Everyone should do what they do best. As it happens, I excel at self-pity.
So it was that many years ago, when a friend was telling me about his hobby, I decided to indulge in a brief but satisfying wallow: "I don't have any hobbies," I said.
He looked at me in surprise. "You cook," he said.
I hadn't thought of it like that. Actually, I hadn't thought of it at all. I just thought I cooked because I liked to eat. Any enjoyment I got out of the physical act of cooking was secondary, merely a pleasurable byproduct of my desire to keep myself fed.
Hobbyists, on the other hand, become intensely interested in their subject. You know it's a hobby when they start spending considerable sums of money on the minutiae that define the hobby and have no other use but to further it.
For instance, my brother collects stamps. He has spent untold hours poring over the details of individual stamps, checking for imperfections, observing the perforations, gleaning whatever information he can out of the postmarks and I don't know what else. He has spent a not inconsequential sum of money buying stamps and stamp books, and going to stamp shows to talk and trade with other stamp collectors.
That, to me, is a hobby. But cooking? Cooking is just cooking, right?
Before I became a food writer, I had another newspaper job that involved writing about something else I loved. It was a subject that had sustained me through my darkest days, and also my happiest.
But when you think about something all day long, when you analyze it, when you intellectually break it down to see how it works, then it becomes something less than it once was.
That's when it becomes a job.
I have been cooking for 40 years, and enjoying every minute of it. Not only do I love the creativity of throwing ingredients together in a hot pan, or slowly heating an assembly of meats and vegetables in the oven, I get to eat a delicious meal when it is done as an added benefit.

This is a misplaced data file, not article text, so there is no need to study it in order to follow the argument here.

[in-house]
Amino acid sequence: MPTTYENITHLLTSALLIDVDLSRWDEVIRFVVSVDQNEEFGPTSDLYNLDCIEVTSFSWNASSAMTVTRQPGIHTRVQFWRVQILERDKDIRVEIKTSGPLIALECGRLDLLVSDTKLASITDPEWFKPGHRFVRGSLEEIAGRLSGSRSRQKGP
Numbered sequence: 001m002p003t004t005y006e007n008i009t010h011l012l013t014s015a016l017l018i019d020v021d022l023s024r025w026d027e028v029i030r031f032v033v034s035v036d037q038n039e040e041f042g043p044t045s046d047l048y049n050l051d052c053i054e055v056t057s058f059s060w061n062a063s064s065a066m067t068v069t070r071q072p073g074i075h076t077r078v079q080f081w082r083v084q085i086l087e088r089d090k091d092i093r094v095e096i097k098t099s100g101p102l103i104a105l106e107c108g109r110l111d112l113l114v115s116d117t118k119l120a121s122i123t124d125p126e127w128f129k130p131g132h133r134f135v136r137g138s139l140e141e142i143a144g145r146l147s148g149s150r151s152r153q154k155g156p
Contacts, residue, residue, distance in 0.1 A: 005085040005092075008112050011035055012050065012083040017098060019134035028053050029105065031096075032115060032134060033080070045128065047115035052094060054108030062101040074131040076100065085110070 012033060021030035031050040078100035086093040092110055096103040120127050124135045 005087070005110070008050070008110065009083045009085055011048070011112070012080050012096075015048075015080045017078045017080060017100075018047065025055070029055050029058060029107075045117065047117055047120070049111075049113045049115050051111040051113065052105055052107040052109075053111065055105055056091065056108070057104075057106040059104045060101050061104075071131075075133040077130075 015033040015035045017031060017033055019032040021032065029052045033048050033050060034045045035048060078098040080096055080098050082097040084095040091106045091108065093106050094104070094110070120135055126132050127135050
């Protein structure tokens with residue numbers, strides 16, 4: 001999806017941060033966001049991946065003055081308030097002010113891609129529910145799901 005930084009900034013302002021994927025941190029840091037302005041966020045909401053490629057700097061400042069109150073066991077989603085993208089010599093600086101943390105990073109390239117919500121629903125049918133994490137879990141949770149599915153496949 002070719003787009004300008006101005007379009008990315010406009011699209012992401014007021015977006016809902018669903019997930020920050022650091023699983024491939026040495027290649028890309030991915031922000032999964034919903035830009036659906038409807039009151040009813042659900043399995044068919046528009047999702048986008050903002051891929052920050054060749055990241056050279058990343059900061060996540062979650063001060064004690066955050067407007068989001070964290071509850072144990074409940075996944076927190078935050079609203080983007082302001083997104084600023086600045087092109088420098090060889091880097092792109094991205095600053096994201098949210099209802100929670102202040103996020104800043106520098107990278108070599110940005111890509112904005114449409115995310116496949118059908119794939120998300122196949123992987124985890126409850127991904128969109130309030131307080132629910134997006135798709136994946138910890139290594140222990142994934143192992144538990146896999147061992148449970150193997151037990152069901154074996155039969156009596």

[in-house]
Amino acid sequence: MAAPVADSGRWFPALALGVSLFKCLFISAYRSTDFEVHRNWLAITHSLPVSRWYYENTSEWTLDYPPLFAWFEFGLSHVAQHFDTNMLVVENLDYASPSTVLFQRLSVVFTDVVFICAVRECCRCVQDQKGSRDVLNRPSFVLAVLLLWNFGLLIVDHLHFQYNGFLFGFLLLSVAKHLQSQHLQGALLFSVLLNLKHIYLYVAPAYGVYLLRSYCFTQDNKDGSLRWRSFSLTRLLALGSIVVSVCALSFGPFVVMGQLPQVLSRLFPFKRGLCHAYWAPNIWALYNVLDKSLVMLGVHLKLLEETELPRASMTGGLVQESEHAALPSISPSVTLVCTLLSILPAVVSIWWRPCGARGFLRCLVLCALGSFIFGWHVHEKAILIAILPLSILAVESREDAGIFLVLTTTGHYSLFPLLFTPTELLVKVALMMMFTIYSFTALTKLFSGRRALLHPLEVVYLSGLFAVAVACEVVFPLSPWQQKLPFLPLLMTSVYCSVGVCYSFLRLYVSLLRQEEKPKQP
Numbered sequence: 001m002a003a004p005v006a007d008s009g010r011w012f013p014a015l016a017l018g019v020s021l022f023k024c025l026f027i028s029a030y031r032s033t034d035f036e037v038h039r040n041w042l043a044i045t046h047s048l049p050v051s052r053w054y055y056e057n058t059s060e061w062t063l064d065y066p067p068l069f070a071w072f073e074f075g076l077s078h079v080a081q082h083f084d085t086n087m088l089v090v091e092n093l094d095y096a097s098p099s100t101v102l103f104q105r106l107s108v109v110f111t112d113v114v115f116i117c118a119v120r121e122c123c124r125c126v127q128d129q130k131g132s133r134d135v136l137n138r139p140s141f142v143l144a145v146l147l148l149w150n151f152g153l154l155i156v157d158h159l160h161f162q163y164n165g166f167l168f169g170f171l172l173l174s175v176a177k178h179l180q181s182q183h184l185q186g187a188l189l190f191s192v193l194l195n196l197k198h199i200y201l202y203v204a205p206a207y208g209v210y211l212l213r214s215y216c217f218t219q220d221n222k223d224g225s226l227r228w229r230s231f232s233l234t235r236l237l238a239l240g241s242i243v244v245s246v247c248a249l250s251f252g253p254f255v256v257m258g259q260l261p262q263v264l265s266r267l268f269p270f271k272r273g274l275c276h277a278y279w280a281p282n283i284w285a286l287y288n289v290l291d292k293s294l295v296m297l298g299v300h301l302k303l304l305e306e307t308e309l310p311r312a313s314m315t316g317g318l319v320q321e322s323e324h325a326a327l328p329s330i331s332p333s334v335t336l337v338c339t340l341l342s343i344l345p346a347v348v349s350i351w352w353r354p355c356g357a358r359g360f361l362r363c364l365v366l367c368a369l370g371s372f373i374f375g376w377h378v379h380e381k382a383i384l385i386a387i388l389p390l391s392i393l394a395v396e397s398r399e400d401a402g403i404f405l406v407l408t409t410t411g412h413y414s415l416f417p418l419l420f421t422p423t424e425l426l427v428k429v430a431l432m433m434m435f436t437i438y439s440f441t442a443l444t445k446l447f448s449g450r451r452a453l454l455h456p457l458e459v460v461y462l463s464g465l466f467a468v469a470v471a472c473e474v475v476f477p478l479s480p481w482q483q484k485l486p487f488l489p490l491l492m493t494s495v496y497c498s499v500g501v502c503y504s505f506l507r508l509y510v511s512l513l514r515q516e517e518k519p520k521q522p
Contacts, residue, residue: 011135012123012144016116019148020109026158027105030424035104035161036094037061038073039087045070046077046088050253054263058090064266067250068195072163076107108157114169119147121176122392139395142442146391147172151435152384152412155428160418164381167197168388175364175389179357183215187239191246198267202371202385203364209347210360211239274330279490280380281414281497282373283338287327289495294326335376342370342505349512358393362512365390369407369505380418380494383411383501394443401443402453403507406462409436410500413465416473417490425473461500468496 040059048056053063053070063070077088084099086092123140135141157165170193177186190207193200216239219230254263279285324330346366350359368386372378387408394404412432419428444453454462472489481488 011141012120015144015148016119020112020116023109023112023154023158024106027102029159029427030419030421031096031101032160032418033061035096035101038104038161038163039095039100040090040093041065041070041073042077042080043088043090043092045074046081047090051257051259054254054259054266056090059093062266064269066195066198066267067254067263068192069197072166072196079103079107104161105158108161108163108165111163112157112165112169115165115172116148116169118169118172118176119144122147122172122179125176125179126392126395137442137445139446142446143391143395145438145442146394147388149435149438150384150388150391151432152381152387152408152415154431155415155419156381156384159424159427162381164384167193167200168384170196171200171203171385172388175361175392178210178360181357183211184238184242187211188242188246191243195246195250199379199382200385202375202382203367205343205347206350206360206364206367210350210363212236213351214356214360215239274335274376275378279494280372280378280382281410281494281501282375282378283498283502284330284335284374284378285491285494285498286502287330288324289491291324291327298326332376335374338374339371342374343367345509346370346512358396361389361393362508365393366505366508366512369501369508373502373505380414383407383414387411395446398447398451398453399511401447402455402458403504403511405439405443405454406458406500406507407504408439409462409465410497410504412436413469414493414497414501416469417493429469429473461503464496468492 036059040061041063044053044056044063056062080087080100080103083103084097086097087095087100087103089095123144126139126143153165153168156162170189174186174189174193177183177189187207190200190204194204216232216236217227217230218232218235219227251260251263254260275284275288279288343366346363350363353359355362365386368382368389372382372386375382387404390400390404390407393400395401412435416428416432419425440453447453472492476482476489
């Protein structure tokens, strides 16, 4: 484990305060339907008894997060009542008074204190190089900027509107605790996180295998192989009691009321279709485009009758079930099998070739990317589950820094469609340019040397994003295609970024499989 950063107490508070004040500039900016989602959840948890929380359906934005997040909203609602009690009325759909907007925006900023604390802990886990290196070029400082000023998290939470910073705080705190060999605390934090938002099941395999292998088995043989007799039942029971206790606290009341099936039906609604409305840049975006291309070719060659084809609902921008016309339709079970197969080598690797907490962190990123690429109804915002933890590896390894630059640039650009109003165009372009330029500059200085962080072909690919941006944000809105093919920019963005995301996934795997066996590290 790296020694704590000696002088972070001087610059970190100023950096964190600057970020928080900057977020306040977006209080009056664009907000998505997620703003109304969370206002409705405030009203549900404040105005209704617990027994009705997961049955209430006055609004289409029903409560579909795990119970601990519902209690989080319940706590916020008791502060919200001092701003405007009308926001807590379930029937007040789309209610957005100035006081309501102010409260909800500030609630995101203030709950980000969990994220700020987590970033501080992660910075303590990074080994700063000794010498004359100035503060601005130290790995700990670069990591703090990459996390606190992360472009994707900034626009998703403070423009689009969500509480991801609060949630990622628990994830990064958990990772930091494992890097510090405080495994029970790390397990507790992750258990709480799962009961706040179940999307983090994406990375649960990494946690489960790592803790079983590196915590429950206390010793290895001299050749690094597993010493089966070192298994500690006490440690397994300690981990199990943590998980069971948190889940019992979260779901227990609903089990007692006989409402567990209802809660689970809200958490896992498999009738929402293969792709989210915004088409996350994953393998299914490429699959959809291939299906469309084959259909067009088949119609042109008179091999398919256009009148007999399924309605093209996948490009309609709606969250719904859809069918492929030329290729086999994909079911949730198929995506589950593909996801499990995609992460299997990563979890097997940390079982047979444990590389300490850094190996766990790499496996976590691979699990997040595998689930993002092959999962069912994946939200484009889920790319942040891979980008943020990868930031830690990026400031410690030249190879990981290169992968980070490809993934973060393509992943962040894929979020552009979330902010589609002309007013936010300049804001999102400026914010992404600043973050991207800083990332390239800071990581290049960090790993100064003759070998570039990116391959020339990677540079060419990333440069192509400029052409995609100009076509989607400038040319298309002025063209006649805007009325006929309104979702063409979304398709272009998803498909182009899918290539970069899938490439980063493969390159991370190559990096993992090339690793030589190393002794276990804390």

Along the way, I have picked up some knowledge about the subject. But that doesn't make it a hobby, does it?
Regular readers will know that during the current pandemic, I and basically everyone I know regularly started baking bread. But I have continued doing it, turning out two or three loaves a week. I continue to tweak my recipes and technique, making slight adjustments that incrementally refine and change the end results.
The bread I make most frequently uses four different kinds of flour: all-purpose, bread, whole-wheat and a fancy all-purpose flour made from crunchy winter wheat.
But even that was not enough for me. I craved, absolutely craved, a French-style flour that is high in minerals and has more protein than all-purpose flour but less than bread flour. Obviously, you can't make a true French-style baguette without French-style flour.
I recently bought six pounds of it. Including shipping, it cost me 30 bucks. I quickly set about to make a batch of three baguettes. They were absolutely heavenly.
But then it struck me: I'm delving into the minutia of flour, its protein and its minerals. I am spending a fair sum of money on highly specialized ingredients.
Maybe I have a hobby after all.